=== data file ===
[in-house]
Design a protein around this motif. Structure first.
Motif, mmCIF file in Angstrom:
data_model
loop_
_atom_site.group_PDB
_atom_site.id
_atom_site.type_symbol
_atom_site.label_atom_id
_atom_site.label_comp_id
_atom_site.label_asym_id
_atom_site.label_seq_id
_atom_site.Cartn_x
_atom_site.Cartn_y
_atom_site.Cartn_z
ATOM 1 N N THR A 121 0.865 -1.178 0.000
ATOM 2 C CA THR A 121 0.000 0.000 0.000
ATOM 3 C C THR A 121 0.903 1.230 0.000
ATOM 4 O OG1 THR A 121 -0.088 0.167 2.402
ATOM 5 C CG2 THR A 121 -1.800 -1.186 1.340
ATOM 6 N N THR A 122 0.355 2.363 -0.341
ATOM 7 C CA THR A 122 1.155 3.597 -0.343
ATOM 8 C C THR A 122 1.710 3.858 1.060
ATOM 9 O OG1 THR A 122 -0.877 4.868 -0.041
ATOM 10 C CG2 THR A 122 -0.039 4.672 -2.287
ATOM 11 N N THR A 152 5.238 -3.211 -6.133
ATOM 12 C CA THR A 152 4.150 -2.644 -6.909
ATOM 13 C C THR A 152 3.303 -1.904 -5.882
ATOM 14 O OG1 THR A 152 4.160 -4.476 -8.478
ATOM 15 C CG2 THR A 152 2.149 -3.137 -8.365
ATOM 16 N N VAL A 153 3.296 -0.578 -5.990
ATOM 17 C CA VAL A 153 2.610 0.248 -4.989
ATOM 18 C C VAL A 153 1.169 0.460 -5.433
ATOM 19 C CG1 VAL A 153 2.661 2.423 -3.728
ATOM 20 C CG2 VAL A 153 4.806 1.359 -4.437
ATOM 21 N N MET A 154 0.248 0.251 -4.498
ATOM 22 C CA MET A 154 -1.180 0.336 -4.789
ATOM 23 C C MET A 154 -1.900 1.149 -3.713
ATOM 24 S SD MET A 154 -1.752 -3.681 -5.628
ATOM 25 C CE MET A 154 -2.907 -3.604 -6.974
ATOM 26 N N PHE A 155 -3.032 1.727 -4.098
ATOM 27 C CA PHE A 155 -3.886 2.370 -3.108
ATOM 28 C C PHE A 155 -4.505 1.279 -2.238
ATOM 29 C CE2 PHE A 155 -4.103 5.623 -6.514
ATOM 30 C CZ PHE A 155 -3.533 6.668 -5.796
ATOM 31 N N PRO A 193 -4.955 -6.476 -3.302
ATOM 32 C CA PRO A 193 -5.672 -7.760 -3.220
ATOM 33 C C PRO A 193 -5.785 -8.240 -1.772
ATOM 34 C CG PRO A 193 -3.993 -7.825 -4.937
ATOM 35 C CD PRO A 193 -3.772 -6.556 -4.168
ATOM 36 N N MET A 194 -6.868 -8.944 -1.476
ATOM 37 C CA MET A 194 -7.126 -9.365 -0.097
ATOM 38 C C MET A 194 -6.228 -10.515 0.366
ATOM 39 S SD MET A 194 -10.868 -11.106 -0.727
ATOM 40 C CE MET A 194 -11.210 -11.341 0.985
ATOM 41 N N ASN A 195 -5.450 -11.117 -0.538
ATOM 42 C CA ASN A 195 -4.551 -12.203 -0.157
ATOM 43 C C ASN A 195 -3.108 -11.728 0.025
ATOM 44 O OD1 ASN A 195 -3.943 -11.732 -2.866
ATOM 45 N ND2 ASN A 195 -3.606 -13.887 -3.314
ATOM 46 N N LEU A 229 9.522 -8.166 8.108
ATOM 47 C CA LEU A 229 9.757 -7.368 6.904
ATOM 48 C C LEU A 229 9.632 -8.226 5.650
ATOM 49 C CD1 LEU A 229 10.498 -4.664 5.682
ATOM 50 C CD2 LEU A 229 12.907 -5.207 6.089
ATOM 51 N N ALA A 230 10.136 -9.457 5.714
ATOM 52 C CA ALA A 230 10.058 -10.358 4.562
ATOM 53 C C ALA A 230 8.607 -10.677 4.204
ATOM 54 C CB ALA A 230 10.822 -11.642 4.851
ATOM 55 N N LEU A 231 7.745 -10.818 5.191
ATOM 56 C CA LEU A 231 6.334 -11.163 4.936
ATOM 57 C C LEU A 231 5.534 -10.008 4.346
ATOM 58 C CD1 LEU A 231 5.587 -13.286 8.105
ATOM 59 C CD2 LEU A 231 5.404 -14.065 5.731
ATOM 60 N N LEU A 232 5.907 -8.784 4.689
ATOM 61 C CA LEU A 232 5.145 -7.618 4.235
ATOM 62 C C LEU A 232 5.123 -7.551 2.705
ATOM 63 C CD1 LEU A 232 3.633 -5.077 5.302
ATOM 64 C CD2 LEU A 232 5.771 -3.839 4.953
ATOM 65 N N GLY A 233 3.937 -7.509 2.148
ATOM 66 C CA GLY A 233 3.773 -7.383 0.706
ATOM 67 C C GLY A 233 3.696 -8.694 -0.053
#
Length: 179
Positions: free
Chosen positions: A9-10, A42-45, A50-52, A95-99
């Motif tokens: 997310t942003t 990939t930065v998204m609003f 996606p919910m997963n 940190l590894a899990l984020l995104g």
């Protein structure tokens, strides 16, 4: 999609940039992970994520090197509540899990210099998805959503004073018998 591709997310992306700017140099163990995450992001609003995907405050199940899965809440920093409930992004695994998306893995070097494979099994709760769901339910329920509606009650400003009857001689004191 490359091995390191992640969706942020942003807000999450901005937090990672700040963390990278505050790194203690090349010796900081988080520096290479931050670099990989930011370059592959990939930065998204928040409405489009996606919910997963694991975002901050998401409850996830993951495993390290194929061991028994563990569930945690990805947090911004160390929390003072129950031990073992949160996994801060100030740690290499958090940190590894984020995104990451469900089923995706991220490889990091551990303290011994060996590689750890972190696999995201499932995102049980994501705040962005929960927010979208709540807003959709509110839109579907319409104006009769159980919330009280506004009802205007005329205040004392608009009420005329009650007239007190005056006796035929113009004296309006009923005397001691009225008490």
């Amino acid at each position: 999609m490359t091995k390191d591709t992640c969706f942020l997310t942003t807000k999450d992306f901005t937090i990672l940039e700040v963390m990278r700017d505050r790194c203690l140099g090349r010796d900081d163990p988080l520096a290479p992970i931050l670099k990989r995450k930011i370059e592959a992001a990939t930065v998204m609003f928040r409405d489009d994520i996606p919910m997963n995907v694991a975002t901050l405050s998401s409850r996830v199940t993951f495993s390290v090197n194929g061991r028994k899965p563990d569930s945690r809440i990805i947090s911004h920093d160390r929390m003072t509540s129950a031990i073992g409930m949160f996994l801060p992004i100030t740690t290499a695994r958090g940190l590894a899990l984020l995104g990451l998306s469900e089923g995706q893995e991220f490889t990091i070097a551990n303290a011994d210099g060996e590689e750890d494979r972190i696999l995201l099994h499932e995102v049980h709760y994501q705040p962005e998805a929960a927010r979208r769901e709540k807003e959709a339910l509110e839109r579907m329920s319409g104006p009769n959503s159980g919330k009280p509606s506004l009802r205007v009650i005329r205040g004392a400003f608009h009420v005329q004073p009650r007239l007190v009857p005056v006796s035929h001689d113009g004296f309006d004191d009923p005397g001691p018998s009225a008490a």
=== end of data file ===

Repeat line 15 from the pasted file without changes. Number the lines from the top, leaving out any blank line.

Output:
_atom_site.Cartn_z